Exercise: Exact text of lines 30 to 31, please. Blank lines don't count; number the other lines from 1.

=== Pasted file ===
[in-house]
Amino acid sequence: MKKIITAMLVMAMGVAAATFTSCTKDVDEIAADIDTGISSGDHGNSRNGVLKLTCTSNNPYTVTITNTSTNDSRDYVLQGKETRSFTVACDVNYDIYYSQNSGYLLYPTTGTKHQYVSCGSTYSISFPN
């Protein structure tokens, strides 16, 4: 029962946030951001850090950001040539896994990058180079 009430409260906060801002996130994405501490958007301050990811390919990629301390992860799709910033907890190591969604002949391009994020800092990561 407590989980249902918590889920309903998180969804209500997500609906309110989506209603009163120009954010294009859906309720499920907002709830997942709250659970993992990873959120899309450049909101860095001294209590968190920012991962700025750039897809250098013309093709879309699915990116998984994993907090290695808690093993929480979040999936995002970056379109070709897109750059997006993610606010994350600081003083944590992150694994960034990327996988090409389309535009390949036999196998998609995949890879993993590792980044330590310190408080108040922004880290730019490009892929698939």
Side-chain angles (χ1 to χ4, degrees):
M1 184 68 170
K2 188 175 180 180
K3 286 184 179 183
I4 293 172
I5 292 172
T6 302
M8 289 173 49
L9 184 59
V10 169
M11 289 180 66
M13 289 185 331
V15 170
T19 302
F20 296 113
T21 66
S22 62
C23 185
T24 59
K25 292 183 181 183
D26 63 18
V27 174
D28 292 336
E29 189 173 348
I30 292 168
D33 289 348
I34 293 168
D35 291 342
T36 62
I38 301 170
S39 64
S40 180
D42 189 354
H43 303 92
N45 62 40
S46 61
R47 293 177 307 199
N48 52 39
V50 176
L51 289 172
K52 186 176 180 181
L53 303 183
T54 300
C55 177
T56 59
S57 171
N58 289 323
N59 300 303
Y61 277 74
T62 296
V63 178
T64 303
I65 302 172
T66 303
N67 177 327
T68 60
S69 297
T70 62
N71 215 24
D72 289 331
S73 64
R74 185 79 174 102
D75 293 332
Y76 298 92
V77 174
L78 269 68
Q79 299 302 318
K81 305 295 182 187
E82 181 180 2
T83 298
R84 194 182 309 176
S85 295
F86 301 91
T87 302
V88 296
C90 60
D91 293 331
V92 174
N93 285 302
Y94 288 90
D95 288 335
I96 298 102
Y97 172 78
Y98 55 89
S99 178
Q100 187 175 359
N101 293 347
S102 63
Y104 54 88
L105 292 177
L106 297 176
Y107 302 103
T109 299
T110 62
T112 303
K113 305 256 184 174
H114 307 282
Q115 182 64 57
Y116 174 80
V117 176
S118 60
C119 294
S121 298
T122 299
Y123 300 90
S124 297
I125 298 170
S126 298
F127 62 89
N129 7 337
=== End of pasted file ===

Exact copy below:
I34 293 168
D35 291 342